Höheinöd

Höheinöd is a small village near the French boarder (See Figure 1) now in the Rheinland-Pfalz, near the Alsase-Laurane area of Germany/France. In the 1800s it was owned/controled by Baveria.
Ken in Höheinöd in May 2005
Höheinöd celebrated 700 years of history in 1995

Figure 1 - Höheinöd in Western Germany

The village belonged during the times of the Holy Roman Empire to four families/rulers (simultaneously and subsequently) that are represented in the arms as follows. The silver eagle represents the County and later Principality of Leiningen; the red lion represents the duchy of Zweibrücken; the 3 red chevrons represent the County of Hanau-Lichtenberg; and the five silver balls on black the Lords of Sickingen.

RHEINLAND-PFALZ
The arms were granted on May 10, 1948.

The arms are a combination of the lion of the Pfalz, the wheel of Mainz and the cross of Trier. The major part of the present State belonged to either the Pfalz or the bishops of Trier or Mainz.

The lion of the Pfalz is the lion of the Staufen family, who used the lion in their arms for the Pfalz. The family ruled the County (later Principality) of the Pfalz from the 11th century until 1214. In 1214 Ludwig I of Bayern (Bavaria) came into possession of the Pfalz. He adapted the lion as the symbol for the Pfalz and the lion still forms part of the arms of Bayern. The lion is crowned, to symbolise the special rights of the Princes of the Pfalz as chairman of the council that decided on the appointment of the new emperor of the Holy Roman Empire. The lion can also be seen in many Civic Heraldry from towns in the Pfalz.

Trier was a major city in the area. In the 3rd century a Bishop of Trier was appointed, who in the 8th century became an Archbishop. The diocese had many possessions between the Saar area and the Rhine, mainly along the Mosel river and in the Eifel mountains. The State of Trier existed until 1803 when all wordly possessions of the church were abolished.
The patron saint of Trier is St. Peter (see also the arms ofthe city of Trier), and the old seals of the State show the keys as his symbol. The cross first appears on seals of Archbishop Heinrich von Finstingen in 1273. Later archbishops all used the cross, sometimes combined with the keys. The colours were first mentioned in the Codex Balduini Trevirensis, dating from around 1340. The cross of Trier can also be seen in many Civic Heraldry from the area.

The history for the wheel of Mainz is similar to the cross of Trier. Mainz became a bishopric in 550 and an archbishopric around 800. The archbishops of Mainz also played a major role in the appointment of the new emperor. The bishops owned large possessions in the present states of Rheinland-Pfalz, Hessen and Bayern. The State of Mainz also existed until 1803.
The arms with the two wheels combined with a cross, appear at the end of the 13th century in the seal of Bishop Sigfried III. The Zürich Roll of Arms from 1335 shows for the bishops of Mainz a banner with a white cross, with in each upper corner a white wheel.

History
Emperor Frederick I bestowed (1156) the title count palatine on his half-brother Conrad, who was in possession of territories on both sides of the Rhine. More extensive than the present Rhenish Palatinate, these territories also included the northern part of modern Baden (but not the bishopric of Speyer and other enclaves in the palatine lands W of the Rhine). When Conrad's line died out, the Palatinate passed (1214) to the Bavarian Wittelsbach dynasty. The Wittelsbachs enlarged their holdings along the Bohemian border, which were constituted as the Upper Palatinate. In 1356 the German princes were granted the Golden Bull, which gave them the right to vote in the election of the Holy Roman Emperor. Their territories were henceforth called the Electoral Palatinate (Ger. Kurpfalz).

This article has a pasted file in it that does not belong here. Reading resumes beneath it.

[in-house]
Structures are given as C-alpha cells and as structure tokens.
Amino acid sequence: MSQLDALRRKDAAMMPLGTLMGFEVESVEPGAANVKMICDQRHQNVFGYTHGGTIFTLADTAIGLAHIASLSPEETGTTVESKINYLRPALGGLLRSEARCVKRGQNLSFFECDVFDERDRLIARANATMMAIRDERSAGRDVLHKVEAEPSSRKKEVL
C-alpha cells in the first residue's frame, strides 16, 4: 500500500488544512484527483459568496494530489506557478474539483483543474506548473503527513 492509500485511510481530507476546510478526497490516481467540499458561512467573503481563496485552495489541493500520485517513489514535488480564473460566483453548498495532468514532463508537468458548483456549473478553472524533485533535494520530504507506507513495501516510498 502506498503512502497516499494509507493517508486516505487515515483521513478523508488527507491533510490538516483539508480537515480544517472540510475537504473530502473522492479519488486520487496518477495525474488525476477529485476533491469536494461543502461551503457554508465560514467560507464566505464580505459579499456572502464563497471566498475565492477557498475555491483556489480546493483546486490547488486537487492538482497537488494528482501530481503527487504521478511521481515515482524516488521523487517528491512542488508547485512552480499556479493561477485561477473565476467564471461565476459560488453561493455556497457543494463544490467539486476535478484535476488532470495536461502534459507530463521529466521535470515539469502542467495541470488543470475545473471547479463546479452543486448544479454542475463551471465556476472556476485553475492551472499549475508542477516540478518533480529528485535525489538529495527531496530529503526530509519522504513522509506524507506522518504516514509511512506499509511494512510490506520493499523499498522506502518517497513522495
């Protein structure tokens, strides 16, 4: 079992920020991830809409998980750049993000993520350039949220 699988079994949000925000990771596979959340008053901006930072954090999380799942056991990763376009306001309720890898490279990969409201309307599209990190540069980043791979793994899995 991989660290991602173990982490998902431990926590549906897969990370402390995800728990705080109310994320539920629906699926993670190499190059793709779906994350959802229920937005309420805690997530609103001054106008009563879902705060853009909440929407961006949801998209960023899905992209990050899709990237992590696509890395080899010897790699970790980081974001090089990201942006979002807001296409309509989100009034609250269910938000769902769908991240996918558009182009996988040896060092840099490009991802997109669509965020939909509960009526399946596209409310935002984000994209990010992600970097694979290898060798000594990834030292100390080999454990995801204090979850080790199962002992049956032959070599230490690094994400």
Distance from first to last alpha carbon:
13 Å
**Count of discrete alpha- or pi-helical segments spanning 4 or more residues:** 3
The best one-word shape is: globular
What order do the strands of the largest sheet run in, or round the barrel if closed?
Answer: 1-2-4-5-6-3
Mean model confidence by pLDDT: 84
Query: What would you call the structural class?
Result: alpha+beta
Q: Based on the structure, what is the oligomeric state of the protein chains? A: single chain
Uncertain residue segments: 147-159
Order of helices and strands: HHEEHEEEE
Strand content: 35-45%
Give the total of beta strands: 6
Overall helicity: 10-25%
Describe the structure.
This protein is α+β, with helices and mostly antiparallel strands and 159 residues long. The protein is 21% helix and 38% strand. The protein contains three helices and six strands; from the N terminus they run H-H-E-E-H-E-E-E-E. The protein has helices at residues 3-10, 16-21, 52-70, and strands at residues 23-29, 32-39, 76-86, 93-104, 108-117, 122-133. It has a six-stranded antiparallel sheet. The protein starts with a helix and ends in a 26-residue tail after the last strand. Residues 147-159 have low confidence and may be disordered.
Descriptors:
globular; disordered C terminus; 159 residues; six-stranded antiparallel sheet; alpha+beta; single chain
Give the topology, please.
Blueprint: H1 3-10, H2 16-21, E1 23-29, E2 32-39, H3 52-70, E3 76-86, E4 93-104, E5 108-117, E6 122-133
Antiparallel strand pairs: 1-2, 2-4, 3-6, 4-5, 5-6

The Rhenish Palatinate flourished in the 15th and 16th cent., and its capital, Heidelberg, was a center of the German Renaissance and Reformation. The election (1619) of Elector Frederick V (see Frederick the Winter King) as king of Bohemia precipitated the Thirty Years War, in which the Palatinate was ravaged both by the imperial forces under Tilly and by the Protestant army under Mansfeld. The Upper Palatinate and the electoral vote were taken from Frederick and transferred to Bavaria, but at the Peace of Westphalia (1648) a new vote was created for Frederick's successor, Charles Louis, and the Rhenish lands, devastated in the war, were returned to his control. The Upper Palatinate remained a part of Bavaria. The region became involved in the War of the Grand Alliance with Louis XIV, who ordered the destruction (1688–89) of the Rhenish Palatinate. In 1720 the capital was transferred to Mannheim.

The palatine lands west of the Rhine were conquered by France in the French Revolutionary Wars. In 1803, Maximilian ceded the palatine lands E of the Rhine to Baden, Hesse-Darmstadt, and Nassau, but in 1806 he became king of a much-enlarged Bavaria, and at the Congress of Vienna (1815) he recovered part of the Rhenish Palatinate W of the Rhine, including Speyer and other enclaves. Several districts, however, were awarded to Prussia, Hesse, and Oldenburg. The Upper Palatinate was increased by the addition of Regensburg, which replaced Amberg as capital. Both the Rhenish and the Upper Palatinate became integral parts of Bavaria. After World War II the Rhenish Palatinate became (1946) a district of the newly created state of Rhineland-Palatinate.

For more infomation on the Internet about Höheinöd today check the following Links:

Link to Höheinöd

http://www.hoeheinoed.de/html/frame.shtml

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